Stolen Gauguin painting 'hung on factory worker's wall'
Stolen paintings by Paul Gauguin and Pierre Bonnard hung on an Italian factory worker's kitchen wall for almost 40 years, police have revealed.
At a lost-property auction in 1975, the unsuspecting Fiat worker paid 45,000 Italian lire (23 euros; £19) for them.
He hung them in his Turin home before taking them to Sicily when he retired.
The worker only grew suspicious about their origins when his son saw another Gauguin in a book and noticed similarities with the painting in his father's kitchen.
The man consulted experts and police were eventually alerted.
The Gauguin painting, titled Fruits sur une table ou nature au petit chien (Fruits on a table or still life with a small dog), had been painted in 1889 and was thought to be worth between 10m and 30m euros (£8.3m-£24.8m), police said.
The Bonnard, La femme aux deux fauteuils (Woman with two armchairs), is valued at 600,000 euros (£500,000).
Italian culture minister Dario Franceschini said: "It's an incredible story, an amazing recovery. A symbol of all the work which Italian art police have put in over the years behind the scenes."
Mariano Mossa, commander of Italy's heritage police, said he believed the paintings had been discarded on a train travelling from Paris to Turin after they were stolen.
"They were bought by an art-loving worker, who hung them for 40 years in his kitchen, first in Turin then in Sicily, after he retired," he added.
Gauguin was a post-impressionist master known for his creative relationship with Vincent van Gogh. His fellow Frenchman Pierre Bonnard is regarded as one of the greatest colourists of modern art.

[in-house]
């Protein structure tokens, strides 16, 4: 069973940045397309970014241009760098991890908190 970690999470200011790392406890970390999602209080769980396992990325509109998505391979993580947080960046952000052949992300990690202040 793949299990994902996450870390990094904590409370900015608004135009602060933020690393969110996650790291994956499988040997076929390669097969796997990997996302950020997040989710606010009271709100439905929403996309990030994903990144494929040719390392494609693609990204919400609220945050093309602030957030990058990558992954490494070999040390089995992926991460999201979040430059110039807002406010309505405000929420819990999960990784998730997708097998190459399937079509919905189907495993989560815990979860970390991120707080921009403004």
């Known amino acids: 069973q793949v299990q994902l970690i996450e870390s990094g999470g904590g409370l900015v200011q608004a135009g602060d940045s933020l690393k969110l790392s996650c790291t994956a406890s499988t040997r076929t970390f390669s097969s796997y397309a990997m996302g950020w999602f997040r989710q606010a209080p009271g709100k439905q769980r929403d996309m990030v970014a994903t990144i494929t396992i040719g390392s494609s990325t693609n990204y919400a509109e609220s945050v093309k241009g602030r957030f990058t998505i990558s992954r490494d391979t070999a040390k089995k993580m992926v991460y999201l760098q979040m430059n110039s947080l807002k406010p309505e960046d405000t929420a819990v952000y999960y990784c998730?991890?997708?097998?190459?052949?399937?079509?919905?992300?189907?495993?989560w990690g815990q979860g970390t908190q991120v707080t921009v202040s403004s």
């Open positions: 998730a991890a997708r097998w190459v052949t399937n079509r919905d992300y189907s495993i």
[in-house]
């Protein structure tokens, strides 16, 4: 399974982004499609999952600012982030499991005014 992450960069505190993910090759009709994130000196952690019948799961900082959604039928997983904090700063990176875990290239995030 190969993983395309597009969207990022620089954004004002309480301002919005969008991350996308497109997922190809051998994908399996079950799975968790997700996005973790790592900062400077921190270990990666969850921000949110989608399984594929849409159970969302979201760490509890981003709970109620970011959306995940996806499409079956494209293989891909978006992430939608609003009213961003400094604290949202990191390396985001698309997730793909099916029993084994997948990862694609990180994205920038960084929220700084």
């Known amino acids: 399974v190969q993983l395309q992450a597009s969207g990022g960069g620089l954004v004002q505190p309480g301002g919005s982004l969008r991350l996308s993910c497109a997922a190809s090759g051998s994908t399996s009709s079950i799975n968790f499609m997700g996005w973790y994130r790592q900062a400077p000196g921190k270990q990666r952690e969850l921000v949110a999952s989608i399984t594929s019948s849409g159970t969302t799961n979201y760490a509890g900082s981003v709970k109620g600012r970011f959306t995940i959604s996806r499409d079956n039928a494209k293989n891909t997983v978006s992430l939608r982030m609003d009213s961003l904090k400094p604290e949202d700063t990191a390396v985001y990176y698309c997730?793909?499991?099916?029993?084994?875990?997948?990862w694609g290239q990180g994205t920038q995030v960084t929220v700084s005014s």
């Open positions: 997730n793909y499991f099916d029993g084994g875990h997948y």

Art Hostage Comments:
Under Italian law anyone who buys artworks from an auction in Italy gets to keep legal title despite the fact they may have been stolen. Therfore in this case there will be a dispute over legal title and that is why this bullshit story about the so called farmer buying them at auction is being used. The whole ruse would have been to take them to Italy when stolen from London and then put them through an auction thereby gaining legal title.
So don't be surprised to hear of an ongoing dispute about legal title. This has been used many times over the years to launder stolen artworks in countries with similar laws about legal title such as Belgium, Japan and Holland, where after thrirty years the legal title is gained by whomever has possession.
See this for Good Faith & Italian case law:
Art detective warns of missing checks that let stolen works go undiscovered
Christopher A Marinello, who specialises in recovering stolen art and resolving title disputes, said: "We do find a lot of stolen and looted artwork in civil law countries such as Italy, France and Germany. Consigners of tainted works of art often try to hide behind the good-faith purchase laws of these countries while performing little or no due diligence."